4. Limit Credit Cards

People with perfect credit score typically receive the greatest credit card offers. They are, however, astute in their card selection. For example, while stores frequently provide a discount when you register for their credit cards, their credit limits are generally low, which might harm your credit usage ratio if you carry a load on those cards.

According to Steele, cards with annual fees should also be avoided unless they offer perks that offset the charge, such as cash-back incentives and miles that can be used for travel. Smart credit users look for cards that waive the fee for the very 1st year, then re-evaluate the card in the 2nd year to see whether the benefits exceed the fee, according to Steele.

5. Long Credit History

The average high achiever’s oldest credit is from 25 years ago. There’s a rationale for why older people have higher credit ratings. When you register new credit cards, the mean lifespan of your credit history decreases. The typical credit account for top achievers is 11 years old.

According to, individuals with a credit score of 800 have an average account history of 11 years (the oldest account started 25 years ago). In contrast, those with a score of 650 have an average account history of seven years (with the oldest account opened 11 years ago).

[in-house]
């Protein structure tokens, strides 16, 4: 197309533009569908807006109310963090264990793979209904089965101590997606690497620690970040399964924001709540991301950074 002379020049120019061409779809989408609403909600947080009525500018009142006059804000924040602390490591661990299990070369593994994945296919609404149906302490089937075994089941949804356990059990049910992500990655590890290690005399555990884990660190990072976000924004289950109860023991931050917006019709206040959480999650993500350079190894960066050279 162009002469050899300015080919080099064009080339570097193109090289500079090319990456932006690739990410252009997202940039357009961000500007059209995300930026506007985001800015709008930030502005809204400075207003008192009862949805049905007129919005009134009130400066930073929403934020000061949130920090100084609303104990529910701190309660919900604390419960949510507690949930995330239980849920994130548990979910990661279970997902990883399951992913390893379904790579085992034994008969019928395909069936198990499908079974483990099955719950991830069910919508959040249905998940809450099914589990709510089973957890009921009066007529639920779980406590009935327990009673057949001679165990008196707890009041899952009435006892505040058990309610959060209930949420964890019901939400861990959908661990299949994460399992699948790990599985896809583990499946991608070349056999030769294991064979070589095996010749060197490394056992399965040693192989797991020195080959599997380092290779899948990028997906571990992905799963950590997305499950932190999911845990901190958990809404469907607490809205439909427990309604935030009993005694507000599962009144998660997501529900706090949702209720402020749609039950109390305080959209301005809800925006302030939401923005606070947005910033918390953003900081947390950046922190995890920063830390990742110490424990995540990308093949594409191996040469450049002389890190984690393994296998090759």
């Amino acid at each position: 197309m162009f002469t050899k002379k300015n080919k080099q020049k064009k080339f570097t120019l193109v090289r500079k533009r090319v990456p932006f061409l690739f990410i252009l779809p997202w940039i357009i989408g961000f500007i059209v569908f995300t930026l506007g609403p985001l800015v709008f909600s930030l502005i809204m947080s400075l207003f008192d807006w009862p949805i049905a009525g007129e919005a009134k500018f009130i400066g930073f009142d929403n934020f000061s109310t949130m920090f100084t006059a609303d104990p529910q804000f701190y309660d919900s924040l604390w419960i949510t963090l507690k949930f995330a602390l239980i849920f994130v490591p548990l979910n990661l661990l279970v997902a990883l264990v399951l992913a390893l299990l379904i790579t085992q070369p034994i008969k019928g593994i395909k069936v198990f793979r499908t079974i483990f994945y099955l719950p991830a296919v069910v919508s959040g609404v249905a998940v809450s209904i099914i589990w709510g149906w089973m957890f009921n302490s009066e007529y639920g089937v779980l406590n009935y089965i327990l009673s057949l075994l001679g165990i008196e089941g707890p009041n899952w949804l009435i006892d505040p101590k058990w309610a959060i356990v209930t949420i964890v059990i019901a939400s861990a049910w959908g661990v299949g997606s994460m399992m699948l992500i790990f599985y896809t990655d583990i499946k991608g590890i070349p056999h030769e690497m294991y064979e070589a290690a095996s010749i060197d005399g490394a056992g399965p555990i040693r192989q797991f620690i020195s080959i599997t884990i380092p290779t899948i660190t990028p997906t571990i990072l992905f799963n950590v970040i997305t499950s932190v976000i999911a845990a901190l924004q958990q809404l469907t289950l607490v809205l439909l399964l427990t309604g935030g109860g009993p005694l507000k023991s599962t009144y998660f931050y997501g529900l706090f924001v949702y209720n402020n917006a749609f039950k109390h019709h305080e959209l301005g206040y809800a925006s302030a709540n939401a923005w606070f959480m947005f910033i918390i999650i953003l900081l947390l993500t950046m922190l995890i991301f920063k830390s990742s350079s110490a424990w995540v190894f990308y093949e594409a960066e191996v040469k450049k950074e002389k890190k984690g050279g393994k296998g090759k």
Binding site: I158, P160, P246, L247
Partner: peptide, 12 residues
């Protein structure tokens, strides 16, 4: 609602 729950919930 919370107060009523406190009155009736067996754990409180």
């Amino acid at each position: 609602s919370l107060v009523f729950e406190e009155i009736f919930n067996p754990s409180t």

According to Detweiler, creating multiple new accounts at once can reduce the average age of your credit history. Closing old, inactive accounts can also be detrimental. Because canceling an account means you can no longer access that available credit, this action may boost your credit usage percentage.

Bottom Line, the consumer subsidiary of FICO, the business that produced the most frequently used credit score, issued a study on “high achievers,” or customers with FICO scores of 785 or above.

FICO ratings vary between 300 and 850. FICO scores are calculated using the information provided by lenders, banks, and credit card businesses that submit your account information to credit bureaus such as Experian, Equifax, and Transunion. The higher your credit score, the better your loan and credit card conditions and interest rates.

Every customer has the opportunity to improve their credit ratings. According to, more than 50 million people have credit scores of 785 or higher, accounting for almost a quarter of all persons with credit scores.

To take the proper actions to improve your credit score, you must first grasp the fundamentals of credit scoring. The FICO credit score runs from 300 to 850 and is the most often utilized ScoreScore in lending decisions. 

According to, the consumer section of FICO, a FICO score of 750 to 850 is considered good, and people in that range have access to the lowest rates and best loan conditions. A score of 700 to 749 is considered good, and people with a perfect credit scores will most likely be accepted for loans but may have to pay a slightly higher interest rate.

According to, a credit score of 650 to 699 is considered fair, and individuals with this ScoreScore will pay higher rates and may even be denied loans and credit.